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Author Topic: How is "minority" defined and how does it work to our advantage?  (Read 1740 times)

cvargas84

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How is "minority" defined and how does it work to our advantage?
« on: December 10, 2010, 01:22:57 PM »
While reading a few law school application books, I was surprised to learn that being a minority might benefit a law school applicant. Is this so, and what exactly makes one a minority?

I was born and raised in Chile (South America), but have had American citizenship since being naturalized at birth by my American mother. I did not move the US until 8 years ago, and I hold both nationalities/passports, even though neither country acknowledges the other. (I'm American in the US, I'm Chilean in Chile).


MEMEMEME

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Re: How is "minority" defined and how does it work to our advantage?
« Reply #1 on: December 13, 2010, 08:25:22 PM »
You would probably be considered "Other Hispanic" or "South American" Hispanic or your application. How it works is you are considered an under represented minority in the legal field. They want to even the playing field, which is why you would get an advantage. I would definitely list yourself as Hispanic on any application (you can choose not to select an race/ethnicity) because it will help you. I would also talk about it in a Diversity Statement because law schools like having a rich and culturally diverse student body.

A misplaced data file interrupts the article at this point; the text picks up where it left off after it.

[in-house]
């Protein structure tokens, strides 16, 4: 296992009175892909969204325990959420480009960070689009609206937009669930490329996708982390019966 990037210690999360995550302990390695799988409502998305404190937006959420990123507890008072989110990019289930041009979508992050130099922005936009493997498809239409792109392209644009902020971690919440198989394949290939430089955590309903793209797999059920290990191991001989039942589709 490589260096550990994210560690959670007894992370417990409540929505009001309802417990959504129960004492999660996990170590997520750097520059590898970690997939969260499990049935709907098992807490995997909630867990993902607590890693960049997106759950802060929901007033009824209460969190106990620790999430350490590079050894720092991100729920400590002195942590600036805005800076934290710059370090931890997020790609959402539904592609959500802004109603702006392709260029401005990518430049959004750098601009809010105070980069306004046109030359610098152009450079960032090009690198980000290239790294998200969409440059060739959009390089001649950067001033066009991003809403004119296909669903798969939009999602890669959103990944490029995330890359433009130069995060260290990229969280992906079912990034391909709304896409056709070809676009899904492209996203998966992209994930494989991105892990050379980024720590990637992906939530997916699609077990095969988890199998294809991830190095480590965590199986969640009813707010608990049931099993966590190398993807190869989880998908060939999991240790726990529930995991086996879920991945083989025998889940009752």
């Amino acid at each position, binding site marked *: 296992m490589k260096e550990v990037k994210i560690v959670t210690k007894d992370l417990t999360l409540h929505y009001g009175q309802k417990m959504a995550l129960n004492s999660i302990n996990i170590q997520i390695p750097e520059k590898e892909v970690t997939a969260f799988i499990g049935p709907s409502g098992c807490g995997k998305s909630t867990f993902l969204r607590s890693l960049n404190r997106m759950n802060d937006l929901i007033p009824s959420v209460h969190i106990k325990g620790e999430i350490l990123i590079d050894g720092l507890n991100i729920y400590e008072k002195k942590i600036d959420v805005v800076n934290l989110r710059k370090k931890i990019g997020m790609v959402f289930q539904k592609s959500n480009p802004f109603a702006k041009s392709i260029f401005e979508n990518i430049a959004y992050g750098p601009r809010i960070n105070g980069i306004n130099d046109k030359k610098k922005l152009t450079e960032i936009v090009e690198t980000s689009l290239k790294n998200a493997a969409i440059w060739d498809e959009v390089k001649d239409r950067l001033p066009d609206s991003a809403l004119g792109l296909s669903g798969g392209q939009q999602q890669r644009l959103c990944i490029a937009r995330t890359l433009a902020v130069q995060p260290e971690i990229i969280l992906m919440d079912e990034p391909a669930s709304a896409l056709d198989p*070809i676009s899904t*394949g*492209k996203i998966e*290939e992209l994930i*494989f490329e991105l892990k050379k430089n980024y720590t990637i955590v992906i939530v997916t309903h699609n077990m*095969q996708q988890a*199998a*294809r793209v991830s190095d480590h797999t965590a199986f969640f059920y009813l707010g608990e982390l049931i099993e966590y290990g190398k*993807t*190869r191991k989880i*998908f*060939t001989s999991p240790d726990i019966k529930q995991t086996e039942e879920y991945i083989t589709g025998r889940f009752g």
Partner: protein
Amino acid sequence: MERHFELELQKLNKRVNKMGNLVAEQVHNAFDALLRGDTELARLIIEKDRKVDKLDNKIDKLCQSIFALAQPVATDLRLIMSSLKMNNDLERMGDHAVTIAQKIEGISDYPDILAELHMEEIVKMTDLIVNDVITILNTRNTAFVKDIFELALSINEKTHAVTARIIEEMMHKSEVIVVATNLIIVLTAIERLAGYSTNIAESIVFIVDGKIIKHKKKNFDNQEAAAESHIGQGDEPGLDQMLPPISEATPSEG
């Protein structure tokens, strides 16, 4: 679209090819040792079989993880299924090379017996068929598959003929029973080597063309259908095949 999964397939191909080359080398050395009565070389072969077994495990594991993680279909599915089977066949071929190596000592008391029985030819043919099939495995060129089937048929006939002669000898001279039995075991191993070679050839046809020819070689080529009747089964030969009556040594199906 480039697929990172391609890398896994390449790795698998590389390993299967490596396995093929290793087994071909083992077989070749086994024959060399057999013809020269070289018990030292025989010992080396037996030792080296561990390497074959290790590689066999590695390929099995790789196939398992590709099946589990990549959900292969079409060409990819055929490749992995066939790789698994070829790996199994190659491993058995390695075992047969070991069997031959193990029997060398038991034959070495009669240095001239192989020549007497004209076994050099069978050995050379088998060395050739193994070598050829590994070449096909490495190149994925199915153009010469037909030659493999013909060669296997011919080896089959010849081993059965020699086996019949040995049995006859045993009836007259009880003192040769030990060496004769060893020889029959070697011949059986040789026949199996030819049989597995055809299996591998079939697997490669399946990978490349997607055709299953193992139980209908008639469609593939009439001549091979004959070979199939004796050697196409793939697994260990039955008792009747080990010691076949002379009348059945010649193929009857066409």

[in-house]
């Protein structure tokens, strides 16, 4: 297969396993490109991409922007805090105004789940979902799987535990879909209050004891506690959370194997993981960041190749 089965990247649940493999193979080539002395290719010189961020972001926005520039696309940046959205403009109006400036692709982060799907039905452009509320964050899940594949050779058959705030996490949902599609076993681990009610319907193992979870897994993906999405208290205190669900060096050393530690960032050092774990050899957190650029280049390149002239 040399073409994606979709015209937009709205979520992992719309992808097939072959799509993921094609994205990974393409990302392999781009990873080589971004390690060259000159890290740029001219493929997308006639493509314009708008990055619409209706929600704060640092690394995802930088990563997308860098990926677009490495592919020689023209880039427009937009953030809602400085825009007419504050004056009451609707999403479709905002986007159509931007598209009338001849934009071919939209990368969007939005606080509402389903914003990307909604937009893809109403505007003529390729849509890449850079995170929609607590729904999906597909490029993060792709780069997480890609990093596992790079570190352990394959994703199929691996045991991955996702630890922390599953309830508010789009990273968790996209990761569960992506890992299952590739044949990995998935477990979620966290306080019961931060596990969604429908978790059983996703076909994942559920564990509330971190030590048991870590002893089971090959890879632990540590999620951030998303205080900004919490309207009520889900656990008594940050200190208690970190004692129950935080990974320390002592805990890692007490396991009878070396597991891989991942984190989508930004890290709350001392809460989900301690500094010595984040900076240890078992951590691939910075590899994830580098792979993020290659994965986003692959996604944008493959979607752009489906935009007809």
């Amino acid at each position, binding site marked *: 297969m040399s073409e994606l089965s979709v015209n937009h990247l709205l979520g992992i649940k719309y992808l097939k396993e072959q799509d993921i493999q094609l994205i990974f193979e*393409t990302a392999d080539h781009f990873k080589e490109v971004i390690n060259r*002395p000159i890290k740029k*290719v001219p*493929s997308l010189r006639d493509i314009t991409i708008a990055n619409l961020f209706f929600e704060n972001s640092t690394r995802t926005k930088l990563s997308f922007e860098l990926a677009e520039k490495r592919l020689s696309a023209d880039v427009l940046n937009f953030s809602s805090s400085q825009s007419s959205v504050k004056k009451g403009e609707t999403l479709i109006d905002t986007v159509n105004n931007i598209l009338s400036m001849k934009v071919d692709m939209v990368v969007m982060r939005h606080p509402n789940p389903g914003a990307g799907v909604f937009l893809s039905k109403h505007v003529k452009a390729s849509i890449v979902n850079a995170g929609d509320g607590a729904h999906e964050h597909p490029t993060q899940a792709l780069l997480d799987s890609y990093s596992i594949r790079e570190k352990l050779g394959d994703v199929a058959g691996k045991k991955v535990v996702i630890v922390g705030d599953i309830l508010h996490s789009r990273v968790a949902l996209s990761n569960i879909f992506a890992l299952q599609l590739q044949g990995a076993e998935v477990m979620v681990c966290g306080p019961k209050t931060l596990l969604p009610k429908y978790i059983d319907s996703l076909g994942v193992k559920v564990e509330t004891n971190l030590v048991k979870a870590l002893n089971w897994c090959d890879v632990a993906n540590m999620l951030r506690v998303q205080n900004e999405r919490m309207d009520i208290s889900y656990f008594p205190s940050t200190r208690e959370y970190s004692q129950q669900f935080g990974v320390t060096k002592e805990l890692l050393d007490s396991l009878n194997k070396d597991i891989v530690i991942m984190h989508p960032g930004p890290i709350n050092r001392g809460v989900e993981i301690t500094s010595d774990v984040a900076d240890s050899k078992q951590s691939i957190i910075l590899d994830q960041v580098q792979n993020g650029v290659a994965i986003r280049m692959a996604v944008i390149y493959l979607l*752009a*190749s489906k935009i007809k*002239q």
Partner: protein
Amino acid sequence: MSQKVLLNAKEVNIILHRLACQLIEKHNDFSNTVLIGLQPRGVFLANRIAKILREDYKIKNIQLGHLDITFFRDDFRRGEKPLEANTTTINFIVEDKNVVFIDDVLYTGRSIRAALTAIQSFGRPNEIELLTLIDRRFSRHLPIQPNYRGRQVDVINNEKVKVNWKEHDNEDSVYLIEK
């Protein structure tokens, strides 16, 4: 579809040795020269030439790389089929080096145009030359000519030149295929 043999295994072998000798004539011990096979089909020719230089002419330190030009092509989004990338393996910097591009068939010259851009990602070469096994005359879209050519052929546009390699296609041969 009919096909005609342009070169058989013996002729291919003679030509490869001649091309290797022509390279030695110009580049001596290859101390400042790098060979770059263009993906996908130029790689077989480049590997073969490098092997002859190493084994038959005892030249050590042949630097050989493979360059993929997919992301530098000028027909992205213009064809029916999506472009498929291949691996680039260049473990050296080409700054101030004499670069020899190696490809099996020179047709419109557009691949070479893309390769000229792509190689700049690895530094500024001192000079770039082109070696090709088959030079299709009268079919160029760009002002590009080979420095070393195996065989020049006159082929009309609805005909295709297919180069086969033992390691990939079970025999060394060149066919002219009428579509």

cvargas84

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Re: How is "minority" defined and how does it work to our advantage?
« Reply #2 on: December 16, 2010, 09:12:27 PM »
Thanks! I had to select "South American" on LSAC- the other options were specific (Mexican, Puerto Rican, etc..) and didn't apply to me, so I guess South American and Hispanic should be the same thing...

interrex

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Re: How is "minority" defined and how does it work to our advantage?
« Reply #3 on: December 18, 2010, 01:19:09 AM »
Its just politics(as is life) Lawyers tend to be white men with rich white male fathers. They try to mix that up with adding lower income, women, minorities, excons, whatever they can to spice it up. The govt gives grants based on that and the public ones in some states have quotas that are mandatory to meet. If you need a hispanic woman and the only one who applied is a 2.0 from community college with a 142 lsat, she's in.
Take the advantage, but you asked and thats why it is what it is, for better or worse I guess.